With the wing-mounted engines, Boeing decided to mount the horizontal stabilizer on the fuselage rather than the T-tail style of the Boeing 727. The launch decision for the $150 million development was made by the board on February 1, 1965. Lufthansa became the launch customer on February 19, 1965, with an order for 21 aircraft, worth $67 million in 1965, after the airline received assurances from Boeing that the 737 project would not be canceled. Consultation with Lufthansa over the previous winter resulted in an increase in capacity to 100 seats; this was renamed the 737-100. It competed with the McDonnell Douglas DC-9 its MD-80/MD-90 derivatives. On April 5, 1965, Boeing announced an order by United Airlines for 40 737s. United wanted a larger airplane than the original 737, so Boeing stretched the fuselage 36 in ahead of, 40 in behind the wing; the longer version was designated 737-200, with the original short-body aircraft becoming the 737-100. Detailed design work continued on both variants at the same time.

Boeing was far behind its competitors. To expedite development, Boeing used 60% of the structure and systems of the existing 727, the most notable being the fuselage cross-section; this fuselage permitted six-abreast seating compared to the rival BAC-111 and DC-9's five-abreast layout. The initial assembly of the Boeing 737 was adjacent to Boeing Field because the factory in Renton was filled to capacity with the production of the 707 and 727. After 271 of the Boeing 737 aircraft were built, production was moved to Renton in late 1970, it was the highest-selling commercial jetliner until being surpassed in total orders by the competing Airbus A320 family in October 2019. A significant portion of fuselage assembly—previously done by Boeing in Wichita, Kansas—is now performed by Spirit AeroSystems, which purchased some of Boeing's assets in Wichita. Key to increasing production efficiencies, the entire fuselage is shipped since the 737 Next Generation while it was sent in two pieces before; the fuselage is joined with the wings and landing gear and moves down the assembly line for the engines and interiors.

After rolling out the aircraft, Boeing tests the systems and engines befor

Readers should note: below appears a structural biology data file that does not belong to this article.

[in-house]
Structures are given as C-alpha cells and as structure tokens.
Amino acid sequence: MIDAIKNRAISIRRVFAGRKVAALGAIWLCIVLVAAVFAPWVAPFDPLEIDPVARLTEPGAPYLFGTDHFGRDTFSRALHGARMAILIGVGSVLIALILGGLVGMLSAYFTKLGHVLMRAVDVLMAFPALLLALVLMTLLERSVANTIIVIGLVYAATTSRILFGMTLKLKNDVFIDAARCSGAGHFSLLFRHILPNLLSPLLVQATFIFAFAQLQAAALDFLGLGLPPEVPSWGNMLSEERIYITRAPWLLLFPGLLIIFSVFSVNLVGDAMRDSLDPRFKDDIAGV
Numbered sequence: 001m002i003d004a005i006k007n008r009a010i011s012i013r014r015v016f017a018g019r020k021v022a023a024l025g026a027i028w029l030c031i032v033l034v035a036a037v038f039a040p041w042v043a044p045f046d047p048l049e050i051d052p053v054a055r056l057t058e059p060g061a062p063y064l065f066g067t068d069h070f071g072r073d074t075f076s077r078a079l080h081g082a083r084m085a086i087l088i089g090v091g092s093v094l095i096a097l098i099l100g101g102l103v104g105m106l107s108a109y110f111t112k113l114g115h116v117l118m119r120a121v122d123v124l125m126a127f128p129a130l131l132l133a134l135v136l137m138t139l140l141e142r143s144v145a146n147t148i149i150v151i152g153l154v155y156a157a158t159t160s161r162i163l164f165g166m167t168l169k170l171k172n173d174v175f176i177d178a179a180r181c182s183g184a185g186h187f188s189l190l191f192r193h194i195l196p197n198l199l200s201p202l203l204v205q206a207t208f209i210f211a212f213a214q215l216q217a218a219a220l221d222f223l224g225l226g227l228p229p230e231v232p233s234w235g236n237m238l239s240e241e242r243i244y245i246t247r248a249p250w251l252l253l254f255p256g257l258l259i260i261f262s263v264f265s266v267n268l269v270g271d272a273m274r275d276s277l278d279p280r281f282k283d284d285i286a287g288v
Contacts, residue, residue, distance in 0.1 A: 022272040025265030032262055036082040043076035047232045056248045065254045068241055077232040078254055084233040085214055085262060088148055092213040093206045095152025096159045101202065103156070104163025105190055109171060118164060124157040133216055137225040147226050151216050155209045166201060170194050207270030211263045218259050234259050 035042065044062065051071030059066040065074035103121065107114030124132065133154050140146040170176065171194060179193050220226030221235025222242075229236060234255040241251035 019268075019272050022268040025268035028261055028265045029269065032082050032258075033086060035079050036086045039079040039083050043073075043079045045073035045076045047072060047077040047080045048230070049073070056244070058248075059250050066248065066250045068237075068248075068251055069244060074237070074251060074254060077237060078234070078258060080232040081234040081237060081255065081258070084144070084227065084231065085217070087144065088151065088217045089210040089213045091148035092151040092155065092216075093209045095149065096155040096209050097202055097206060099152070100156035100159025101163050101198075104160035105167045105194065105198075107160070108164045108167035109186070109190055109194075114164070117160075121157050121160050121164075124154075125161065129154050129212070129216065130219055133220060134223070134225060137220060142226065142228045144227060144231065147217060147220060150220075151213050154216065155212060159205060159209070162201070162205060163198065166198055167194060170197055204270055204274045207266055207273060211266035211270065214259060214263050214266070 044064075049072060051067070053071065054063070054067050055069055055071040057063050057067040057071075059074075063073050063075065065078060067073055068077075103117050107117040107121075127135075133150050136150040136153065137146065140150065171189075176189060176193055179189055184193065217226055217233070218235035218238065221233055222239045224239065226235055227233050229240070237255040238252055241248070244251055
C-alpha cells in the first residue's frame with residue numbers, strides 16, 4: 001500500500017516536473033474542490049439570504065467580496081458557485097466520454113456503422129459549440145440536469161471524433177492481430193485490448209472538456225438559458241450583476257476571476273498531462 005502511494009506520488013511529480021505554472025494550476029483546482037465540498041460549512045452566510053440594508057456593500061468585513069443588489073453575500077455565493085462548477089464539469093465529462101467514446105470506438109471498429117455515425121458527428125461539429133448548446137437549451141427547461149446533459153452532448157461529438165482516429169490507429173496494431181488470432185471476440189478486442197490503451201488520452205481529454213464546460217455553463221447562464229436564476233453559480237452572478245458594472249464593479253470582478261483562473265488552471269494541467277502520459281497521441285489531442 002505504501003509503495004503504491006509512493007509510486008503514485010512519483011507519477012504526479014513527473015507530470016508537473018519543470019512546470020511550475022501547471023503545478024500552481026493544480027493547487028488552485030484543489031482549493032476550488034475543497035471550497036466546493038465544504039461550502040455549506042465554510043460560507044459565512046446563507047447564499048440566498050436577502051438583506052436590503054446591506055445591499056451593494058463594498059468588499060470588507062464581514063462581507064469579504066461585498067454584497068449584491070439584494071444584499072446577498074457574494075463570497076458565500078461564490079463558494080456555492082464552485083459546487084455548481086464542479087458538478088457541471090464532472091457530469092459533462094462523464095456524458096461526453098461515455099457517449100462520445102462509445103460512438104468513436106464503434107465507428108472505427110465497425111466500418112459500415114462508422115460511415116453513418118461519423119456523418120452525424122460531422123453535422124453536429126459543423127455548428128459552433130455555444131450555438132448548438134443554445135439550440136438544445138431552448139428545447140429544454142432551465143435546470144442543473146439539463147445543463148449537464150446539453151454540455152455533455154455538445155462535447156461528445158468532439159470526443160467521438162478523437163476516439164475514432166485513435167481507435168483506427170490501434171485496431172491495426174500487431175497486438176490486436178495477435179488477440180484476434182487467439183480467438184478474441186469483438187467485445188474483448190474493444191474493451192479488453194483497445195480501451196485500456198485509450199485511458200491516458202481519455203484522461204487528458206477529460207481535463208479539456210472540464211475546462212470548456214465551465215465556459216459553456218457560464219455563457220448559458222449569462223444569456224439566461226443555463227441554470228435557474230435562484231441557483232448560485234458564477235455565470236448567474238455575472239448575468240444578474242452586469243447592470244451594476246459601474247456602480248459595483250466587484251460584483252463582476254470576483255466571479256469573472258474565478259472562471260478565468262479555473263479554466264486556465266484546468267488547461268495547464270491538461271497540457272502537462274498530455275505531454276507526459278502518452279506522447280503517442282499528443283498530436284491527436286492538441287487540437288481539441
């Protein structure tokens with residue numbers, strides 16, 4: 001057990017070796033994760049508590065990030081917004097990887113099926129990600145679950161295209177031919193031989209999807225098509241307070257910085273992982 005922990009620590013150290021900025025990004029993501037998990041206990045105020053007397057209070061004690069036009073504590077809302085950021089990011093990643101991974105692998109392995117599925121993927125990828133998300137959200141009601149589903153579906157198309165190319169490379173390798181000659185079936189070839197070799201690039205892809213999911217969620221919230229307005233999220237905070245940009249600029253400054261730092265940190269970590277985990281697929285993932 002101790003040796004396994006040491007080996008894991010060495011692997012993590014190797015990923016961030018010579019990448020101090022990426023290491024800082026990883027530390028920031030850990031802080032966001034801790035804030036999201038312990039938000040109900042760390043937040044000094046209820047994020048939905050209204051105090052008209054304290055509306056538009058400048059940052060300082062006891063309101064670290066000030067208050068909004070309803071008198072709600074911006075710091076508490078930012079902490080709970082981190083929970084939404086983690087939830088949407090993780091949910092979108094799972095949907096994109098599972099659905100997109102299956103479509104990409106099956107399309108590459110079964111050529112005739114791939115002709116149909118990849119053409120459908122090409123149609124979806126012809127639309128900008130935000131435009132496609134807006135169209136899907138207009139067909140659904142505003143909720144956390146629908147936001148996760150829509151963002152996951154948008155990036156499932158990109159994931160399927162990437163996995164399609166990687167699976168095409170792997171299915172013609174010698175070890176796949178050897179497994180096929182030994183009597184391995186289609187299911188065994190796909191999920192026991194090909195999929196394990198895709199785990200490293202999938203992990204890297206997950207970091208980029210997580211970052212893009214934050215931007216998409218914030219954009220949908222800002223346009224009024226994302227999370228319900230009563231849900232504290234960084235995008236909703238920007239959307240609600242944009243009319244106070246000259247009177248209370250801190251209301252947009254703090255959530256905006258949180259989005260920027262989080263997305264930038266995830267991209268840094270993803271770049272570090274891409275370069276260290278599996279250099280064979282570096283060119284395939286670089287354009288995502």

Ignatz von Popiel

Ignatz von Popiel was a Polish-Ukrainian chess player. Born into a noble family in Drohobych, Galicia, he began study law at the University of Graz. Started his chess career in Vienna, where he took 10th in 1886, took 2nd in 1887, took 2nd in 1888. In the period between 1889 and 1892, he studied law at the Jagiellonian University in Cracow. In 1889, he tied for 5th-6th at Breslau. In 1892, he took 7th in Dresden. In 1895, he won in the Lvov Chess Club championship. In 1896, he tied for 2nd-3rd in Eisenach, took 13th in Budapest, won in Lviv. In 1897, he won in Berlin. In 1898, he tied for 10th-11th in Cologne. In 1899-1900, he took 9th in Vienna. In 1900, he tied for 11th-12th in Munich. In 1902, he took 16th in Monte Carlo, took 18th in Hannover. In 1904, he took 3rd in the Lvov City championship, 3rd in Lvov. In 1905, he drew a match with Oskar Piotrowski, he took 5th at Lvov 1912, took 2nd, behind Piotrowski, in the Lvov City championship in 1914. During World War I, in 1915, he took 6th at Vienna.

After the war, Popiel was one of the strongest chess players in Poland. He participated several times in the Lvov City championship. Playing in a pre-Olympic tournament at Lodz 1935 took 13th place. In 1937 he left Lvov for Bochnia, tied for 5-7th in the Cracow City championship, he died on 2 May 1941 in Poland. He was the uncle of a Ukrainian chess master. Emanuel Lasker vs Ignatz von Popiel, Breslau 1889, Vienna Game, Mieses Variation, C26, 0-1 Ignatz von Popiel vs Dawid Janowski, Cologne 1898, DSB 11th Kongress, Sicilian Defense, Pin Variation, B40, 1-0 Ignatz von Popiel vs Georg Marco, Monte Carlo 1902, Philidor Defense, C41, 1-0